As mentioned in previous section, there is no clear definition of a “smart contract” in Austrian Legal System. However, we can assume that a smart contract is a technical code, implementing a traditional contract.
With a smart contract there is only one set of trade terms, predefined as code and self-executing upon the triggering event (e.g. payment being made), reducing misunderstandings on contract terms and dependencies on the other party’s performance. But smart contracts also have a downside: deliberate ambiguity in a contract is not possible. So, clauses involving terms like “bona fide”, “using best efforts” or “to the extent possible” can not be implemented as code, and can therefore not be part of a smart contract.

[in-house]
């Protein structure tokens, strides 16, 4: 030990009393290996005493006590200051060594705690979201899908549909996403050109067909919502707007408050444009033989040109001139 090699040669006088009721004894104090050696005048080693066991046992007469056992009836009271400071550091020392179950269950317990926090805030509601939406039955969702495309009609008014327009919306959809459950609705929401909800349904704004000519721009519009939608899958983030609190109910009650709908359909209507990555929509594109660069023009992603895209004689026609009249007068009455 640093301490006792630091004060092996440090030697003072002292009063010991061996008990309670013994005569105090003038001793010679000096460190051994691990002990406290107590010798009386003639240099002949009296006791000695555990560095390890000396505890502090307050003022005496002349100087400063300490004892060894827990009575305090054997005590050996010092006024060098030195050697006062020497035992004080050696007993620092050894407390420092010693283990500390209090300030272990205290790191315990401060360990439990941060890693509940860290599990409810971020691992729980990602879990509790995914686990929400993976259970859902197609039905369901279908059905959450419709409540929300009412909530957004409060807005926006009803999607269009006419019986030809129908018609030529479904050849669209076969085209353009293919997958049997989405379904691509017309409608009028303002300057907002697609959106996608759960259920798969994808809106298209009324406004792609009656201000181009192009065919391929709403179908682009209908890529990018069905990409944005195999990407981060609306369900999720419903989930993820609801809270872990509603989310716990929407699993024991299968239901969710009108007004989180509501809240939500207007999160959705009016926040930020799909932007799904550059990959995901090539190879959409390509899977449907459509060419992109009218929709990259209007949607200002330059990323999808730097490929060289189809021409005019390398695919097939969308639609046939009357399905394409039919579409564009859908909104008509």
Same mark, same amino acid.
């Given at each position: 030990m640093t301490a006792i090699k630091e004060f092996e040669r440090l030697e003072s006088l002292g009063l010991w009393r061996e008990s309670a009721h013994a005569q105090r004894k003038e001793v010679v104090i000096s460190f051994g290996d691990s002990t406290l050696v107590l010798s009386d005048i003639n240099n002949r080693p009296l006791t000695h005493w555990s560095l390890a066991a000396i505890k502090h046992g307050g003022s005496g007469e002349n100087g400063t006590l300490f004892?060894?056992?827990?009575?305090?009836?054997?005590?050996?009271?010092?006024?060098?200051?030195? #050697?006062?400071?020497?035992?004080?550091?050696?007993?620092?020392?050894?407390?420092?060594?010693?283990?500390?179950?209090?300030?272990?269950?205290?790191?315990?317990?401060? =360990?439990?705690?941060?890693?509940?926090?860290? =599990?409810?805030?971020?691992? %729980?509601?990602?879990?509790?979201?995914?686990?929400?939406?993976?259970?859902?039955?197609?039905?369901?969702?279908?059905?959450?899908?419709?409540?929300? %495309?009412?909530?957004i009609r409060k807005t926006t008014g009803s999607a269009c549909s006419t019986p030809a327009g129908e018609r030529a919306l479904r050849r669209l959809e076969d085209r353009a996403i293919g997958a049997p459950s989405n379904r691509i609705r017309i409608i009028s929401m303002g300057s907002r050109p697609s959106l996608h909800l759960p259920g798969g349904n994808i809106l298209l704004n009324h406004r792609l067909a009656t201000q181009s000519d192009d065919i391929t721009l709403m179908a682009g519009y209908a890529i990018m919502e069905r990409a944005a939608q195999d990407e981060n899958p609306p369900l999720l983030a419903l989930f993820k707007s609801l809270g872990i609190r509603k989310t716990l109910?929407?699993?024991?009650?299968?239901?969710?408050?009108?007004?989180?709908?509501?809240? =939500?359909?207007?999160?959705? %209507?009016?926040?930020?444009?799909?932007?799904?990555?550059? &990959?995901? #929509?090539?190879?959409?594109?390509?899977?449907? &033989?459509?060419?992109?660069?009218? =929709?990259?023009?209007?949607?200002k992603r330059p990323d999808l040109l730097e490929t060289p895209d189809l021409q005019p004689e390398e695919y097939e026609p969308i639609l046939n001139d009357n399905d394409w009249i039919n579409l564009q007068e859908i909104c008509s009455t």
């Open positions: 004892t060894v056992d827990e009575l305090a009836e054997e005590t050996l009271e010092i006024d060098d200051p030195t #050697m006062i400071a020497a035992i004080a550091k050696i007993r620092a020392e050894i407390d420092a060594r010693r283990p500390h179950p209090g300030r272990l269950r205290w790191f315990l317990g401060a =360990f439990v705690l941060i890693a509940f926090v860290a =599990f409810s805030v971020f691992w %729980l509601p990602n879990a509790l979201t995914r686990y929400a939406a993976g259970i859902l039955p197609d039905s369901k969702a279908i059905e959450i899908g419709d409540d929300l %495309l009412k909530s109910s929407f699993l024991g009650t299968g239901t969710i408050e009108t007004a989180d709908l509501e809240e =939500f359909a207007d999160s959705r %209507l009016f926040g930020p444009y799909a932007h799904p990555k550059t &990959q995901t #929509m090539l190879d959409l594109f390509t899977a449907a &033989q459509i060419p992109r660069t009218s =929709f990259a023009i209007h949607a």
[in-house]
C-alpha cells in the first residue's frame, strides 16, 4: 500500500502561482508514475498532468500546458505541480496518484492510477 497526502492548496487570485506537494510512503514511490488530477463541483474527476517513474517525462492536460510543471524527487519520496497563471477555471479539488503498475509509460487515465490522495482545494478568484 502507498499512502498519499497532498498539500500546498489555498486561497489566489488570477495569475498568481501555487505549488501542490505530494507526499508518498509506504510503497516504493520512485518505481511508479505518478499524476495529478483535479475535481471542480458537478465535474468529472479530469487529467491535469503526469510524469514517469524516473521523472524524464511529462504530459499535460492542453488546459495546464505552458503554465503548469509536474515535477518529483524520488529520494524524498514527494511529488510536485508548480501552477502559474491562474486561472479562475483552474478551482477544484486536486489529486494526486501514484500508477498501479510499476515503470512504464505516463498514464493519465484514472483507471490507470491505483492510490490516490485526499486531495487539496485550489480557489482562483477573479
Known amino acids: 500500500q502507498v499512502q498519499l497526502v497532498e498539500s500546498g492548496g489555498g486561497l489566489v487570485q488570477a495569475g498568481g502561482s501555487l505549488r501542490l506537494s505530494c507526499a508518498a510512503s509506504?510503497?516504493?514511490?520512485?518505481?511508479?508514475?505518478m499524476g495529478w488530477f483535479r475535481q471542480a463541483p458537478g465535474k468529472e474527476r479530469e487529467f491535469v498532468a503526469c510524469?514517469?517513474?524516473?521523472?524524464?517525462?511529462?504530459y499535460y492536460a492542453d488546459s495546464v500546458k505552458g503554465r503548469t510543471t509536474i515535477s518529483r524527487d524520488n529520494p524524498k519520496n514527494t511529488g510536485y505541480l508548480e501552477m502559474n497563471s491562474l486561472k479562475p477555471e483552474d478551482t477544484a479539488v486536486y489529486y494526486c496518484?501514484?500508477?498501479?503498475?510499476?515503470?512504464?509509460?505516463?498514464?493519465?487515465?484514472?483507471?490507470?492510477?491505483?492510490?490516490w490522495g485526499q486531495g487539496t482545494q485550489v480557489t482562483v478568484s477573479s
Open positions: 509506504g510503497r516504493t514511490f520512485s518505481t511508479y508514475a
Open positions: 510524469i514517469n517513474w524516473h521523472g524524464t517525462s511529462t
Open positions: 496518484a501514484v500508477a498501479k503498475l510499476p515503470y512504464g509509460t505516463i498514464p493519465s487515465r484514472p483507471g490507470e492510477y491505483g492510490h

The most pertinent issue for lawyers will be aligning the legal layer (i.e. the agreement of the parties involved) with the technical layer (i.e. the computer code breaking down certain parts of the agreement as logic if-then statements). If these two layers are not aligned properly, a smart contract might generate more legal issues than it aims at solving.
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